Five Components of an External Marketing Environment

by Liz Gold; Updated June 27, 2018
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As a business owner, there is only so much you can control. That said, while businesses may be able to control what happens inside a company, there are always external forces at play that are unpredictable and uncontrollable.

What impacts a company's external marketing environment? A company is not alone in doing business. It is surrounded by and operates in a larger context called the macro environment. It consists of all the forces that shape opportunities, but also pose threats to the company. Five external conditions can impact an organization's health. Staying prepared and being alert to external changes can be the difference between success and adversity.

Customers

Customers are consumers who buy products or use services. To truly differentiate itself in the market, a company needs to understand its customer's needs and desires. Knowing your target market and understanding the demographics that a company serves, can improve strategic decisions that ultimately affect operations. It's always wise to listen to customers; a company can gain insightful information that can lead to improvements or new services and products while sharpening their competitive edge.

Competitors

Competition is healthy; it forces each company working in the same market to be better in providing services and products. Without competition, one company would monopolize a market and hold too much control. While it's important to pay attention to this external force and analyze a competitor's strengths and weaknesses, it's also vital for a company to feel solid in its business plan and vision for moving forward. Use competition as a resource, not a distraction.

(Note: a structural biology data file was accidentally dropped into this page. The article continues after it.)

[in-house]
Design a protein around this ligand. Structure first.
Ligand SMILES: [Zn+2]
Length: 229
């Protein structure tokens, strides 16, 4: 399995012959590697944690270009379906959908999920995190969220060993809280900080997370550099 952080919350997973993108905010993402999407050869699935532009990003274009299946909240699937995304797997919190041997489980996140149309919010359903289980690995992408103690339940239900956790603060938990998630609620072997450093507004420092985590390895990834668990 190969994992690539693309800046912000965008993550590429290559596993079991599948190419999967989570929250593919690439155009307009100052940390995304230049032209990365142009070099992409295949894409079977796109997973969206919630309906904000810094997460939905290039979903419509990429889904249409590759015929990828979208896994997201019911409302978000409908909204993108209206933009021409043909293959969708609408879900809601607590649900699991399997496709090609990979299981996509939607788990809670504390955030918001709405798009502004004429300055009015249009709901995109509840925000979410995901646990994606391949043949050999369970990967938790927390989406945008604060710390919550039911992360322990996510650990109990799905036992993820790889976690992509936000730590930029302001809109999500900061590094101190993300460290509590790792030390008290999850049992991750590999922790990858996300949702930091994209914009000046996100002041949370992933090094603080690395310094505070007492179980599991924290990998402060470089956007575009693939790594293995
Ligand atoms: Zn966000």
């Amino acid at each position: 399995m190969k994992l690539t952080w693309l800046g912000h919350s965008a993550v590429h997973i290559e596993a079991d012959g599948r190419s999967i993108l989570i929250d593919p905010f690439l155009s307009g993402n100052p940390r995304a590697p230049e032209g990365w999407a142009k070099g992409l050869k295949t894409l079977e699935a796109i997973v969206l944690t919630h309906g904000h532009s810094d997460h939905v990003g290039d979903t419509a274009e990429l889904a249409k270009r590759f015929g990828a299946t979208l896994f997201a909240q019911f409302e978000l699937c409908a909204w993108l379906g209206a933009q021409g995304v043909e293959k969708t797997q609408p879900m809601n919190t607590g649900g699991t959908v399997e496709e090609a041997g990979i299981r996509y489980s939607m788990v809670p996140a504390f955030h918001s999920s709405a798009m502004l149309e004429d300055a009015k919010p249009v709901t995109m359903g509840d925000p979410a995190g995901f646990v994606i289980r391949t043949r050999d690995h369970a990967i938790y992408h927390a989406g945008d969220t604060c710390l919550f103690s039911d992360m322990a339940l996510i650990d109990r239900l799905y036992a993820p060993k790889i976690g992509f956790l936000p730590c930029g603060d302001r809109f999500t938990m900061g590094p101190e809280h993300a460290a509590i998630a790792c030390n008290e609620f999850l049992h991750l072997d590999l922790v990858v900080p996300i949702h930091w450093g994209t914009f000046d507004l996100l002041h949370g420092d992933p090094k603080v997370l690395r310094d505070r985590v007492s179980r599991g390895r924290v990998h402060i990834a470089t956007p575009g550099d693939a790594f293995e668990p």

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Labor Environment

A company's talent and workforce are growing increasingly important. Without a strong culture of employees and leaders, a company will fail. A company can rise and fall on the competence of its employees, so it's critical to find qualified candidates. In assessing the labor environment, companies should look to characteristics that include the average educational level of the community, training programs, technical know-how and diversity, which is increasingly necessary in a globally connected world.

Owners

Owners are an essential part of the equation. Many times, businesses are run by managers and employees and an owner is considered more external than internal. Though an owner or stakeholders may be on the outskirts of the internal dynamics of a company, they do expect a return on their investment. As a result, management has to pay attention to their concerns.

Suppliers and Partners

Vendors and suppliers provide a company with needed resources. It's easy for some companies to become increasingly dependent on a supplier, as they are supplying a fundamental need for the company's lifeblood: customers. A scarcity of resources will impact the supplier and, therefore, the company, perhaps in the form of price increases or supply availability.

SWOT Analysis

One way to determine the strength of a company and how it will perform in a new marketing environment is to conduct a SWOT (Strength, Weakness, Opportunities and Threats) analysis. Knowing its strengths and weaknesses will allow a company to move forward in a more successful direction, capitalizing on its effectiveness.

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